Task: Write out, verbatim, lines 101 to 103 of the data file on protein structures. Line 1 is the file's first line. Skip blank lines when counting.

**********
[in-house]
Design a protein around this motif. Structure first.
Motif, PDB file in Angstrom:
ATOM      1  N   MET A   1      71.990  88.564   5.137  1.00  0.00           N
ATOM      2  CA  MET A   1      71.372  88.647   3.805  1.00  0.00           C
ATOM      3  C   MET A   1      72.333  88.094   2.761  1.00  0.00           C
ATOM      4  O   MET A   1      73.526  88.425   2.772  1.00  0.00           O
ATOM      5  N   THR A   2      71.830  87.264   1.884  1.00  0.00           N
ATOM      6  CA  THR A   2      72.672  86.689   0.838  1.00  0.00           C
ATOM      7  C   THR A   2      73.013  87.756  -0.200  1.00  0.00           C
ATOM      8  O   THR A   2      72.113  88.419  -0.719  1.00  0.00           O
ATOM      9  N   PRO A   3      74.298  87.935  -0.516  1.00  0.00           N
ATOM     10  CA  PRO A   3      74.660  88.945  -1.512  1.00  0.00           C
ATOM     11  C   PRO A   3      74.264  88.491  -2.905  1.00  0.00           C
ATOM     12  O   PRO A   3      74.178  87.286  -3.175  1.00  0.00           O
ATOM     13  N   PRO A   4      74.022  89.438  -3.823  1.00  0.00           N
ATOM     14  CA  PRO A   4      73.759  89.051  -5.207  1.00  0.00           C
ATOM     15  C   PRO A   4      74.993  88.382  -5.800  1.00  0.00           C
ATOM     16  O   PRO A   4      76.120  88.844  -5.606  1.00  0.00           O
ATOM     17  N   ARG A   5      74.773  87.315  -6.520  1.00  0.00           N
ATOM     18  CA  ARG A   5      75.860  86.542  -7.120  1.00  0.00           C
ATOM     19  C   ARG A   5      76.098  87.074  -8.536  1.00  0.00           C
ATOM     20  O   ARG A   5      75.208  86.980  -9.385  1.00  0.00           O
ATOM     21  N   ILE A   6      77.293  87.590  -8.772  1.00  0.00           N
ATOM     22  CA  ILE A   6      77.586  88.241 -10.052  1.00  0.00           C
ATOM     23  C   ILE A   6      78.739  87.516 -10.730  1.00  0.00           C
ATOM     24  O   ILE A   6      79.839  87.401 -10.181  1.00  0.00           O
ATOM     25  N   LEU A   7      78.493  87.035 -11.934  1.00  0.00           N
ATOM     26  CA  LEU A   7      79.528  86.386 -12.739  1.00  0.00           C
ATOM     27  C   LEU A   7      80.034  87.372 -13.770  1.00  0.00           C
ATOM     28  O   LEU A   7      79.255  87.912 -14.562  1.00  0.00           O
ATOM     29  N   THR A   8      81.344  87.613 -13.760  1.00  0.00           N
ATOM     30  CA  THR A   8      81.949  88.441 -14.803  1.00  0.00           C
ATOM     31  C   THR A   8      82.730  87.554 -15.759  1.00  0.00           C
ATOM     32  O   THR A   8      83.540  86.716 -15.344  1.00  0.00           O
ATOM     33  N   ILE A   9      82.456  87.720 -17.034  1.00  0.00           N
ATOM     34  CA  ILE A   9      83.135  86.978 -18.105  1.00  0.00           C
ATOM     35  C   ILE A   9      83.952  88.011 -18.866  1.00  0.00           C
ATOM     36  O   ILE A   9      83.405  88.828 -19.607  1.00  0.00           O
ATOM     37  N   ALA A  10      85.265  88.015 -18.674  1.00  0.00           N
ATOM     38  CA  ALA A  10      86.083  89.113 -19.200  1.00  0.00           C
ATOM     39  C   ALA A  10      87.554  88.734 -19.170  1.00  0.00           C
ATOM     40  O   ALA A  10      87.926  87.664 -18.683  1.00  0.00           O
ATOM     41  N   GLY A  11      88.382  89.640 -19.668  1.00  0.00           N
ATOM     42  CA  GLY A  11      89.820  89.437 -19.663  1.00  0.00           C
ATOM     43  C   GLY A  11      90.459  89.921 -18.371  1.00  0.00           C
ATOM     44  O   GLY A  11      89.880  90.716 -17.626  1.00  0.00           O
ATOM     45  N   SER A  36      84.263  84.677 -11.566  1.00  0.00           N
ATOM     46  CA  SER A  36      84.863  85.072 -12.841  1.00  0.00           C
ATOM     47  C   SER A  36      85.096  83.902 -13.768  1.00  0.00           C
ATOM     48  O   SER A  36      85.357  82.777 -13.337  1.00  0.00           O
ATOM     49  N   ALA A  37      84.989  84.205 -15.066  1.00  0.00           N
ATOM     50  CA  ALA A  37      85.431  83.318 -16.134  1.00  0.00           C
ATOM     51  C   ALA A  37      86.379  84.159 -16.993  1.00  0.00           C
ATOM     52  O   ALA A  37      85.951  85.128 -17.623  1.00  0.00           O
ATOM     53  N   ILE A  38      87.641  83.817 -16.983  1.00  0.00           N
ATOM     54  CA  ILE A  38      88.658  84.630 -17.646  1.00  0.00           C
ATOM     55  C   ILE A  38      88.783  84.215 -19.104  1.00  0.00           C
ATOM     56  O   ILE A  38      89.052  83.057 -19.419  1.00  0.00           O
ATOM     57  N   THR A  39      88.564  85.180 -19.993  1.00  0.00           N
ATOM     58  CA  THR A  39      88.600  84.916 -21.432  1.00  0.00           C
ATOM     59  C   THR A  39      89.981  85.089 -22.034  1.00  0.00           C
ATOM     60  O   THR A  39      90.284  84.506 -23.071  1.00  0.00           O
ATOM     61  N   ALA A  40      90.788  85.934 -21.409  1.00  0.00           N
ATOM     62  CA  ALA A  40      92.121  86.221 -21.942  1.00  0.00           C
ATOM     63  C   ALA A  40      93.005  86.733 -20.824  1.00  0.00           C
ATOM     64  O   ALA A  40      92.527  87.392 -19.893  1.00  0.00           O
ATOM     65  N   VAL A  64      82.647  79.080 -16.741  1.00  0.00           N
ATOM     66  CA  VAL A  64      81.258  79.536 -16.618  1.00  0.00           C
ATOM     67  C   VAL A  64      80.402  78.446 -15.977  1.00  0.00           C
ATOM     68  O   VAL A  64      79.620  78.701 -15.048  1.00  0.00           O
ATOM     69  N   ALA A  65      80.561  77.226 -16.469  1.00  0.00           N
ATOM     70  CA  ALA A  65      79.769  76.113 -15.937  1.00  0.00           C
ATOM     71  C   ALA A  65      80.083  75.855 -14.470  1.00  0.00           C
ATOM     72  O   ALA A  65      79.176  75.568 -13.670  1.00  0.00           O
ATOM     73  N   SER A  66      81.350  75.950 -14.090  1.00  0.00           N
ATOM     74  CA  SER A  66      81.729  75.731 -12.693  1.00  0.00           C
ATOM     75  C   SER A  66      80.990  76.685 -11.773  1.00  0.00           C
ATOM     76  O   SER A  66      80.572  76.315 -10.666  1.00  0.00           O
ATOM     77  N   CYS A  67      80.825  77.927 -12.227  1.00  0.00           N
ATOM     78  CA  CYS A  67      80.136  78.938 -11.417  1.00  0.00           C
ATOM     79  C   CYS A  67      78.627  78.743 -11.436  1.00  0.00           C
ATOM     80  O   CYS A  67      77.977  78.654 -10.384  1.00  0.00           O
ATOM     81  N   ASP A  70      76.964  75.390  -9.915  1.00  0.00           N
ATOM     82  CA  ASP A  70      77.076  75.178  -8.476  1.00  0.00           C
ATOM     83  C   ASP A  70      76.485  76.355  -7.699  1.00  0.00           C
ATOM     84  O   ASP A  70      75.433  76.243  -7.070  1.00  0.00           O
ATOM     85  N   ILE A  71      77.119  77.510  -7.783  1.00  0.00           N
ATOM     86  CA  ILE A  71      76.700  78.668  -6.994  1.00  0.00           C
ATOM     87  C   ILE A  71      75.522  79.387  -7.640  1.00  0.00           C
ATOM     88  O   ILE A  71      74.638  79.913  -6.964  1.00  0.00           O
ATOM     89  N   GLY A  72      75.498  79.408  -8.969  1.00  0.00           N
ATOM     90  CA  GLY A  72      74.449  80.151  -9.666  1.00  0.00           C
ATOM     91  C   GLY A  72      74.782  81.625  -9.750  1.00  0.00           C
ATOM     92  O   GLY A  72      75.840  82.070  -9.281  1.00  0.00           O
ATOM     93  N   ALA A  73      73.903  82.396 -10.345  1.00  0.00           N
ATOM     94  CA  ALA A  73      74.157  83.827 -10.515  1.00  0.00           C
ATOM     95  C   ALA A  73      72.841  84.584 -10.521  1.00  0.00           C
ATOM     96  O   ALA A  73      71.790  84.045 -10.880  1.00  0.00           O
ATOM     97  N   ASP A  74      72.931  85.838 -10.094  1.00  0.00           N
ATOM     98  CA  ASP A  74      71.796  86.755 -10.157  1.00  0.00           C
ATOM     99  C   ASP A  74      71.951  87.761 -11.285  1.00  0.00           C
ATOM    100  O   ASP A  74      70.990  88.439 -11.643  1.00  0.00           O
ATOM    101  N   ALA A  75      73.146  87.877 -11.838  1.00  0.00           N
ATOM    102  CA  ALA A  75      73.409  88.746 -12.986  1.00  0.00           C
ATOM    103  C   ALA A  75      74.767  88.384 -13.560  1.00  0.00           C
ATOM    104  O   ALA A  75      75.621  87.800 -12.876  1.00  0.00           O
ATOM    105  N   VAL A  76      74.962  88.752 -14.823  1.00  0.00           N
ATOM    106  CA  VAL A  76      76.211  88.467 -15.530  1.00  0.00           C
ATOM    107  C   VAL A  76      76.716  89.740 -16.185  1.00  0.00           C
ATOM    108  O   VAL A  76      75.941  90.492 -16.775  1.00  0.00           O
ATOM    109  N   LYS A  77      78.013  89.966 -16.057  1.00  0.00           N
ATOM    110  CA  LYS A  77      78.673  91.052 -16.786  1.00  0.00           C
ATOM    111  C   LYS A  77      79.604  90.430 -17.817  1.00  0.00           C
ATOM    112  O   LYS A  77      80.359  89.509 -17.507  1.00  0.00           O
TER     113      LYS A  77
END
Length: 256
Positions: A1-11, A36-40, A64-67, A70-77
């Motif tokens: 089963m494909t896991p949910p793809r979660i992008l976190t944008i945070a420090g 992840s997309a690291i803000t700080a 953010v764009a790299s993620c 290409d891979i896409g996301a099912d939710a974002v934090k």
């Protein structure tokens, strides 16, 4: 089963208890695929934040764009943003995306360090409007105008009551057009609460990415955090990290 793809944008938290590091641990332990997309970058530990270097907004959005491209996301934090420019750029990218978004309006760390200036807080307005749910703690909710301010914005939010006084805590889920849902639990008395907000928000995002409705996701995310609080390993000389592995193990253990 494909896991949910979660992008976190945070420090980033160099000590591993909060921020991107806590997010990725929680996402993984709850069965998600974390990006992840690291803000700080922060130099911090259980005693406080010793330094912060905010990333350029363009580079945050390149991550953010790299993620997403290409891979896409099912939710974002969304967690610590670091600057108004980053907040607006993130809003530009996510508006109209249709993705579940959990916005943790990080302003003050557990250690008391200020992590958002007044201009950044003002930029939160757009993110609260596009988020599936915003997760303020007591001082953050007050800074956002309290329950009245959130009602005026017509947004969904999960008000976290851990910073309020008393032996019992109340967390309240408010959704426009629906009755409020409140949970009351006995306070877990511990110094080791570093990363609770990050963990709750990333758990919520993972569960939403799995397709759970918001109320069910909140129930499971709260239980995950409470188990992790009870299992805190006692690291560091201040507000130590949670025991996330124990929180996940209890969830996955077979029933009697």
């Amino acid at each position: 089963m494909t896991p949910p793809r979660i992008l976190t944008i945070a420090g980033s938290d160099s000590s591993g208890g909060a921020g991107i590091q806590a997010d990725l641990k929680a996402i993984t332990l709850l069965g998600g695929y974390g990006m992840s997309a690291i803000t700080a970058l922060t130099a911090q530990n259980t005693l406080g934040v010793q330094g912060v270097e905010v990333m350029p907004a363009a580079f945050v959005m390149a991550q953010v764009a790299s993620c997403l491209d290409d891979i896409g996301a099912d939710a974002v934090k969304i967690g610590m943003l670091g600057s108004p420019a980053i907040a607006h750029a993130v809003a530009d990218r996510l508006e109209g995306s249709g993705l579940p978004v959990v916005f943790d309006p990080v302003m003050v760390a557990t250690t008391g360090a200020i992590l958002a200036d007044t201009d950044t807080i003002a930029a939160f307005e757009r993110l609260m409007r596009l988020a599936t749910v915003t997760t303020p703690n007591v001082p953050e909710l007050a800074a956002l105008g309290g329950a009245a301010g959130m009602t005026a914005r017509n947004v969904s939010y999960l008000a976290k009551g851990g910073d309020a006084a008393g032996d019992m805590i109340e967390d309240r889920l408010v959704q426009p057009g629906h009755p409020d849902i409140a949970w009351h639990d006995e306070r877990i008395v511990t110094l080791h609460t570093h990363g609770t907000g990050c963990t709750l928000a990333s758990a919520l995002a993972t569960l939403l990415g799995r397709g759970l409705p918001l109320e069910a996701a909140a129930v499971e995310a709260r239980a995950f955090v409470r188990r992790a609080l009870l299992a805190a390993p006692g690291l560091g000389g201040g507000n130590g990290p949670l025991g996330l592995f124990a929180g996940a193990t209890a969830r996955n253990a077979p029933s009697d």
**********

ATOM     98  CA  ASP A  74      71.796  86.755 -10.157  1.00  0.00           C
ATOM     99  C   ASP A  74      71.951  87.761 -11.285  1.00  0.00           C
ATOM    100  O   ASP A  74      70.990  88.439 -11.643  1.00  0.00           O